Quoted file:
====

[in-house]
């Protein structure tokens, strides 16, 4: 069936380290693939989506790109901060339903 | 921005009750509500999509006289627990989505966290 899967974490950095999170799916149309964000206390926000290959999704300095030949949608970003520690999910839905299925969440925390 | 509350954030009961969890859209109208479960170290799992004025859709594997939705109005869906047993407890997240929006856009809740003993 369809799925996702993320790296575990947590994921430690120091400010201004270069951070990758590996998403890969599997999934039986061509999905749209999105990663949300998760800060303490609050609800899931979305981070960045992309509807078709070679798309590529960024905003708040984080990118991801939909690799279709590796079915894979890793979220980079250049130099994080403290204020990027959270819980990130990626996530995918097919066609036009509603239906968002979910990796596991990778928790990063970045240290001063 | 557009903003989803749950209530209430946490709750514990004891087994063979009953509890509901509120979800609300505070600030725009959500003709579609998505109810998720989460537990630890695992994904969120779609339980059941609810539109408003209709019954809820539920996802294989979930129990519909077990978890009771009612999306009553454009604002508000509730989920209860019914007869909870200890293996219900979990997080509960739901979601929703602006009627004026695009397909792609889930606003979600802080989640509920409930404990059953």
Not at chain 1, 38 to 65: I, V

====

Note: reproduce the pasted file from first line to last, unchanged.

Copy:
[in-house]
């Protein structure tokens, strides 16, 4: 069936380290693939989506790109901060339903 | 921005009750509500999509006289627990989505966290 899967974490950095999170799916149309964000206390926000290959999704300095030949949608970003520690999910839905299925969440925390 | 509350954030009961969890859209109208479960170290799992004025859709594997939705109005869906047993407890997240929006856009809740003993 369809799925996702993320790296575990947590994921430690120091400010201004270069951070990758590996998403890969599997999934039986061509999905749209999105990663949300998760800060303490609050609800899931979305981070960045992309509807078709070679798309590529960024905003708040984080990118991801939909690799279709590796079915894979890793979220980079250049130099994080403290204020990027959270819980990130990626996530995918097919066609036009509603239906968002979910990796596991990778928790990063970045240290001063 | 557009903003989803749950209530209430946490709750514990004891087994063979009953509890509901509120979800609300505070600030725009959500003709579609998505109810998720989460537990630890695992994904969120779609339980059941609810539109408003209709019954809820539920996802294989979930129990519909077990978890009771009612999306009553454009604002508000509730989920209860019914007869909870200890293996219900979990997080509960739901979601929703602006009627004026695009397909792609889930606003979600802080989640509920409930404990059953």
Not at chain 1, 38 to 65: I, V